The rapid development of network modeling approaches promises new insights into spatial and temporal components of biological invasions. In typical applications of network models to spatial processes, locations or individuals are ‘nodes’ and the probability of encounters or movement between any two nodes is described by the weight of the ‘link’ that joins the two nodes. Network model applications in biology have included movement of animals among habitat patches and movement of pathogens through a host population [15]. The connectivity of a network plays an important role in determining the dynamics of epidemics [16].

Recently, network models have been explored for a range of plant epidemics [17], [18], [19], [20], [21], [22], [23]. For example, Margosian et al. [24] considered a network of US counties, with links between adjacent counties weighted as a function of crop densities, and analyzed the connectivity of the landscape based on different threshold density levels. However, this model was limited to identifying more and less strongly connected regions and did not directly predict the course of an invasion process. Balcan et al. [25] is an example of national and global scale modeling of human epidemics based on human movement, but there is a need for a network modeling platform for large-scale landscapes outside human transportation networks.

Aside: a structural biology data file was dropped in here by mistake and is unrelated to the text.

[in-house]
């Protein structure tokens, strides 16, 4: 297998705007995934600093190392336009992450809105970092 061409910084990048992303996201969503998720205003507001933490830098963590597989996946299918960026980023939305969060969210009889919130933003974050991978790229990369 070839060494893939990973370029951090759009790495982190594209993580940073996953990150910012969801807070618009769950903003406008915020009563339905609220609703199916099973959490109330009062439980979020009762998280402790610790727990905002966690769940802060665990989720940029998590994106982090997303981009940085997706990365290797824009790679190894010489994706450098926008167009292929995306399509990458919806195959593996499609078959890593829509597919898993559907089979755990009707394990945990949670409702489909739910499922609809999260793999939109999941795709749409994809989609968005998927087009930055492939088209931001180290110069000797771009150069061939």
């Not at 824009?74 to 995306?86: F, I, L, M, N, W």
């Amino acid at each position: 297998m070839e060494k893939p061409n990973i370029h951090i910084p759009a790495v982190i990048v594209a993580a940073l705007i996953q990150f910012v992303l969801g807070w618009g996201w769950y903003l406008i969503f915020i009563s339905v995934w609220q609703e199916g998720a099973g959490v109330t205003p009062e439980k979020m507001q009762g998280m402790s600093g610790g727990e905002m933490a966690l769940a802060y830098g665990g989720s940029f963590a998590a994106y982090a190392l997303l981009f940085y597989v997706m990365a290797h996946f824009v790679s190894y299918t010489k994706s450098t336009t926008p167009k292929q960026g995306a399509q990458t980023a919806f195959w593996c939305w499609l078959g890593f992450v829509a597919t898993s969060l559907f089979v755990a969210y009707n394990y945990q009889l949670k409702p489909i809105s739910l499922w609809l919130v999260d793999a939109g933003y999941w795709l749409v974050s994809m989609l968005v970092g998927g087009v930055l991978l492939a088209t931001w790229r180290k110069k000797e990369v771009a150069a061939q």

The prediction of the progress of an epidemic can be mathematically represented using many different models. In SEIR models, individuals in the population are categorized as Susceptible (S), Exposed (E), Infected (I), or Recovered (R). Depending on the selected subset of possible compartments, SI, SIR, SEIR, or SIS models can be considered, which can be appropriate for different infectious processes. A set of differential equations can be written to represent the change in the fraction of the population in each compartment over time. In a SIR model, the existence of a threshold for the aggressiveness of the infection above which a major outbreak will occur was proved by Kermack and McKendric in 1927 [26]. When the population is not very large, deterministic models are not accurate enough, so probabilistic models were proposed where a set of differential equations can be written to represent the change in the probability that a single node is in a given compartment. For some probabilistic models, an epidemic threshold can be defined [27]. When the homogeneity assumption is not realistic, a further refinement can be obtained by the use of the concept of a contact network; a given node is only in contact with the subset of nodes to which it is linked. Using a network to represent the contacts among nodes, model predictions can become more accurate at the expense of increased complexity. Furthermore, depending on the scale of the representation of the population, nodes can represent not only individuals but also groups of individuals. In the latter case the models are called meta-population schemes and include information about the movements of subpopulations between nodes.